The Swedes have a nasty habit of getting things right. And theirs is the only place in Europe right now where one can enjoy a pint. I’d bet their characters have a few things to say about all this.

Elections

Leftist Oligarchs Use Pandemic to Attack Trump

These donors fund a Democratic Party that is creating the up-down coalition and destroying the middle class. While they try to make us blame the president, the mega businesses they invest in are using this crisis to break the will and the solvency of small independent business owners.

Democratic super PACs are exploiting pandemic panic to bash President Trump. Even if you don’t live in a battleground state, you’re probably seeing these ads, because they’re even running in deep-blue California.

Here is an example, a television ad produced by a super PAC called “Unite the Country.” The ad makes three assertions that are clearly false.

First, the spot claims that Trump called the coronavirus a “hoax.” This is a lie, based on an article published by Politico that misrepresented remarks Trump made at a South Carolina rally on February 24. The Daily Signal published an article on March 2 that debunks the Politico analysis. They write: “An examination of the video and transcript show Trump actually described Democratic complaints about his handling of the virus threat as ‘their new hoax.’”

It wasn’t the virus Trump called a “hoax,” it was the Democrats building yet another fraudulent case against Trump—this time based on his alleged mishandling of the COVID-19 crisis. Trump was calling this a hoax similar to the Ukraine hoax, the Russian collusion hoax, and an assortment of other hoaxes, big and small, that have defined media coverage of Trump ever since he declared his candidacy.

Next, the “Unite the Country” super PAC ad claims that Trump “dissolved the pandemic response team.” This is another lie, spread by former Obama Administration officials, based on nothing more than a decision by Trump appointee John Bolton to reorganize the National Security Council.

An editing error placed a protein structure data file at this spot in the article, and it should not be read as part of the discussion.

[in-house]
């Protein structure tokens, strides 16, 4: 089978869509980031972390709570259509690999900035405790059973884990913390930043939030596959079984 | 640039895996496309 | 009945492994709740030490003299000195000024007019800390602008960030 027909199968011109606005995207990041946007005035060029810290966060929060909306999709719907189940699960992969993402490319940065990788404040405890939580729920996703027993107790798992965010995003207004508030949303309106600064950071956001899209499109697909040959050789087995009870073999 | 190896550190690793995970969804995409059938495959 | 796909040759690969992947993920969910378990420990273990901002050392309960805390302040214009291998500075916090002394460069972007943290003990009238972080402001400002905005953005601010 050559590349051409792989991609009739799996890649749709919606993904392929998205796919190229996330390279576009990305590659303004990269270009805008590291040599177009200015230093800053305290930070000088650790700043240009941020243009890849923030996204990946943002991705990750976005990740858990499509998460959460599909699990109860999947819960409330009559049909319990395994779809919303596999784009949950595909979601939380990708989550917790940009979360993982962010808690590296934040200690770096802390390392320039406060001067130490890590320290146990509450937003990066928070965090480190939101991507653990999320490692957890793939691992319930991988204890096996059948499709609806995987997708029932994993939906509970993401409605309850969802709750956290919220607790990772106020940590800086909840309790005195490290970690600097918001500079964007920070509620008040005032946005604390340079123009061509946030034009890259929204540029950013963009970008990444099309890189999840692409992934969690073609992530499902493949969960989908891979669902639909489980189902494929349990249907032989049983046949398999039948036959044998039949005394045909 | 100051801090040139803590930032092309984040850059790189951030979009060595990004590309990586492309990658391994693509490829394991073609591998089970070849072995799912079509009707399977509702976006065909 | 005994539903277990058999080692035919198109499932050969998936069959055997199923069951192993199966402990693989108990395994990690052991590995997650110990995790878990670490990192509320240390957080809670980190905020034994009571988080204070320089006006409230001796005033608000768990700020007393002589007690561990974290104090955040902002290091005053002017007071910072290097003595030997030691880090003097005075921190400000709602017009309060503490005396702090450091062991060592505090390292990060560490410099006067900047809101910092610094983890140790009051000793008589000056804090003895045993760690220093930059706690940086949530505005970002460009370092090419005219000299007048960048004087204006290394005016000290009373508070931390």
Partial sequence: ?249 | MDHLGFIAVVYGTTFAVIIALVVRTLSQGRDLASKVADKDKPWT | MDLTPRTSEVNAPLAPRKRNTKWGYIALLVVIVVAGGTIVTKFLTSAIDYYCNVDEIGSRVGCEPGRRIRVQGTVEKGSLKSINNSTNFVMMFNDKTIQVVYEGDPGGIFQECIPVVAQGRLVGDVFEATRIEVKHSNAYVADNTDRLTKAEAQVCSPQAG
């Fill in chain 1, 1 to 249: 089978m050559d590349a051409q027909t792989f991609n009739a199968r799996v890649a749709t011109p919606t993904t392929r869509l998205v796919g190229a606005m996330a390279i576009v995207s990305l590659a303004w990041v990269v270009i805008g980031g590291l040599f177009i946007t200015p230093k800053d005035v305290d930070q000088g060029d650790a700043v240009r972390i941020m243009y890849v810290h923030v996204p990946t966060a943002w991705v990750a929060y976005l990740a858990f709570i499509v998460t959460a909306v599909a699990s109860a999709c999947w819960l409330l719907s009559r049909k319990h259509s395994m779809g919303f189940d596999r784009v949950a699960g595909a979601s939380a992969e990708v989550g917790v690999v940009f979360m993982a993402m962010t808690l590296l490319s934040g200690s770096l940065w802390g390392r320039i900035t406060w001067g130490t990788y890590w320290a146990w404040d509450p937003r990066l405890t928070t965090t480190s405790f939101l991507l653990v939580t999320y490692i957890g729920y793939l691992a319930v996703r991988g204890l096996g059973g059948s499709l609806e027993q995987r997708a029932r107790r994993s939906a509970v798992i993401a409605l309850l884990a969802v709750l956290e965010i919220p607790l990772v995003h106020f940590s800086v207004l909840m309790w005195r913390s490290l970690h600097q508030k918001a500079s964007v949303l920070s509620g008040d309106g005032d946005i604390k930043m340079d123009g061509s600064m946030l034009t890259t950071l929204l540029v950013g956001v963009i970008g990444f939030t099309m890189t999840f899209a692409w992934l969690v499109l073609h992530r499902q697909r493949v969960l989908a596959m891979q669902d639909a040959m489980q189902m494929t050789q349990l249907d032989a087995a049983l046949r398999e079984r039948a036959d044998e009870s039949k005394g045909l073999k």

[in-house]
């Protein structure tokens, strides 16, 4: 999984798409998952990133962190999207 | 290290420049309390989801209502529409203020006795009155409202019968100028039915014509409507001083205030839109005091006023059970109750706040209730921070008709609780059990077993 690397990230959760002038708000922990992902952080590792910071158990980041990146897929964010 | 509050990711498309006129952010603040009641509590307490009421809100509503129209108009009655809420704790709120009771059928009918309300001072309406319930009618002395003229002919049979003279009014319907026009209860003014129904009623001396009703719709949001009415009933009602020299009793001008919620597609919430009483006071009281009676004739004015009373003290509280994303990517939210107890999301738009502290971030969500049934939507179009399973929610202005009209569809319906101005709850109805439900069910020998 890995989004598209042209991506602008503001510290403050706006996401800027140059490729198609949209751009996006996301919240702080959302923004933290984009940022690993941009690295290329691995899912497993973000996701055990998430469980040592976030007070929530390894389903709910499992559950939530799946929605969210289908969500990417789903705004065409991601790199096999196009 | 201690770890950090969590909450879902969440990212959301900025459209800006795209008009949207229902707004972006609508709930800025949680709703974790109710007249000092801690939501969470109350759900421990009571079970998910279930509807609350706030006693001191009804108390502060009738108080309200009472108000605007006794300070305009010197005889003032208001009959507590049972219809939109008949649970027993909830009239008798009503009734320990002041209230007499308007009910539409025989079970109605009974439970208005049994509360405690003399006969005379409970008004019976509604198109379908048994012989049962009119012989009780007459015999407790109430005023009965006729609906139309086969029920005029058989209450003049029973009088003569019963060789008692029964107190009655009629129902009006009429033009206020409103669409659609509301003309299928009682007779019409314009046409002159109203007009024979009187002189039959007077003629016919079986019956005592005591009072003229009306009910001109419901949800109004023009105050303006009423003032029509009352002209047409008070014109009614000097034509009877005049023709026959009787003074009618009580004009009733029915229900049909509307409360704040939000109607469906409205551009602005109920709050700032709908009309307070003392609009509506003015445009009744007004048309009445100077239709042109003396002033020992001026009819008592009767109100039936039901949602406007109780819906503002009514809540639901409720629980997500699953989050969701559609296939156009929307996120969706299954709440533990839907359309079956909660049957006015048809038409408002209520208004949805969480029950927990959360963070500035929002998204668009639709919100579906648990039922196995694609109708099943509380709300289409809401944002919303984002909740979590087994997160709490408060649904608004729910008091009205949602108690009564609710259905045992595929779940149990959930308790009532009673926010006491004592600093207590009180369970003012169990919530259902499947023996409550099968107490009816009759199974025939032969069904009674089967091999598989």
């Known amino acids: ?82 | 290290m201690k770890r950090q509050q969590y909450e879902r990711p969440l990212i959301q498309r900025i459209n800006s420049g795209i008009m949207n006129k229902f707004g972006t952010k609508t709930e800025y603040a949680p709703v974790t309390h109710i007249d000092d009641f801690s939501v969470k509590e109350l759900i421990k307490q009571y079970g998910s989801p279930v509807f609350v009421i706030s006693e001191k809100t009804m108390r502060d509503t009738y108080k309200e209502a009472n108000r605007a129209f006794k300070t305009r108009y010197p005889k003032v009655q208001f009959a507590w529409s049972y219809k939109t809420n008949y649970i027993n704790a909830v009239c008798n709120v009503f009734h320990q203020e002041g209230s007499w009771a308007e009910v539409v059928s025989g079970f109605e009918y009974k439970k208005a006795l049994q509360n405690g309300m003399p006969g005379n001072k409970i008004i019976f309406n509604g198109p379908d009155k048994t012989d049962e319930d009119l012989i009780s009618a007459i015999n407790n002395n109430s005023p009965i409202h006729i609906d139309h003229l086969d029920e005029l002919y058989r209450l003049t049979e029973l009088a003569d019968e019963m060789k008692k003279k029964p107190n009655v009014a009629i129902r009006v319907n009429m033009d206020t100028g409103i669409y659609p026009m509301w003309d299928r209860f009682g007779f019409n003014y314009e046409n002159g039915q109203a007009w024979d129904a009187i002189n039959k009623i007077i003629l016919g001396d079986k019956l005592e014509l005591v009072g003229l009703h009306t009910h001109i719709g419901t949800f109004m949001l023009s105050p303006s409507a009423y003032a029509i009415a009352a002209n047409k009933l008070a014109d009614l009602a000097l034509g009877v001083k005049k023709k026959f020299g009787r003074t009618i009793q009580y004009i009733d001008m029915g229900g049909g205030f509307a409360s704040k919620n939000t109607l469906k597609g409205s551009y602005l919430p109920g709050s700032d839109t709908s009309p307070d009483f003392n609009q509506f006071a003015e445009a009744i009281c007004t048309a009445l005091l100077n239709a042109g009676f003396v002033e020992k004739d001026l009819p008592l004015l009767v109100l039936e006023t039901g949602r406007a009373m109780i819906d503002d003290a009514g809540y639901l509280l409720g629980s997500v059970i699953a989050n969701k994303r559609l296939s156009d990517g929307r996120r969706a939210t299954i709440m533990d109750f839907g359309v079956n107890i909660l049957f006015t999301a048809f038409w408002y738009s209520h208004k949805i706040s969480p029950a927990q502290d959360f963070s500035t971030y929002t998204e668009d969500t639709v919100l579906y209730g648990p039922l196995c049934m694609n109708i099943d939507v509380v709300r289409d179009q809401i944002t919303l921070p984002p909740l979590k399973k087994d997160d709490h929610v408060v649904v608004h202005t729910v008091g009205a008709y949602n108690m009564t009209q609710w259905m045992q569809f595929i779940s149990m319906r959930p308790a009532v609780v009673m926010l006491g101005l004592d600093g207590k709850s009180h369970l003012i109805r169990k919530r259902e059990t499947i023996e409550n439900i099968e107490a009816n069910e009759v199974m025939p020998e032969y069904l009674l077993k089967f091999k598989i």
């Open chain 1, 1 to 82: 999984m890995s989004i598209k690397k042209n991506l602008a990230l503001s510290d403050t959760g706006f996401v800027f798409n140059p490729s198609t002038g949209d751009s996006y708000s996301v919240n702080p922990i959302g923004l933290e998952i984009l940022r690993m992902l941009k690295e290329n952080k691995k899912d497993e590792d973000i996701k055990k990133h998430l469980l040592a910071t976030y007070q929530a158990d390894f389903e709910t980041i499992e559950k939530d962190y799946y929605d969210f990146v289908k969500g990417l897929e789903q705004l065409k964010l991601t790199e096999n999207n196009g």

As explained by Tim Morrison, a former senior director for counterproliferation and biodefense on the NSC, “We consolidated three directorates into one. This eliminated layers in the reporting chain and in the accountability chain.”

So Trump didn’t “dissolve” the pandemic response team. If anything he improved it, by consolidating a few bureaucracies and streamlining the lines of communication.

Finally, this Trump-bashing ad claims the president “allowed the virus to spread across the country.” This too, is a lie, or at the least, a gross distortion, because it ignores the way so many other players were not only slower than Trump to respond to the pandemic but were critical of Trump’s decisive early actions to fight the pandemic.

Good examples of this, including video clips, can be found in a March 27 Tim Pool video in which he describes how New York Governor Andrew Cuomo also delayed the lockdown—aggressively resisted imposing a lockdown, in fact—yet the media is propping him up as a savior while blaming Trump.

Another super PAC, “Priorities USA,” is airing television ads that use the virus crisis to attack Trump. One of the group’s ads, which can be viewed on the Priorities USA Twitter page, selectively quotes the president’s remarks where he allegedly downplayed the seriousness of the pandemic. But everyone downplayed the seriousness of the pandemic, especially Democrats and their media allies. Examples abound.

On February 25, nearly a month after Trump enacted a ban on air travel from China, House Speaker Nancy Pelosi (D-Calif.) made a public appearance in San Francisco’s Chinatown and said, “there’s no reason tourists or locals should be staying away from the area because of coronavirus concerns.”

The initial response by the media was even worse. As reported in Real Clear Politics:

Much of the media response was to downplay this harbinger of the deadly global threat to come. “Don’t worry about the coronavirus,” BuzzFeed wrote on Jan. 29. “Worry about the flu.” On Jan. 31—the same day the Trump administration imposed a ban on incoming visitors from China—the “explainer” news site Vox was telling readers, “Is this going to be a deadly pandemic? No.” On Feb. 1, the Washington Post ran an article headlined, “Get a grippe, America. The flu is a much bigger threat than coronavirus, for now.” On Groundhog Day, the Post was saying, “Past epidemics prove fighting coronavirus with travel bans is a mistake.”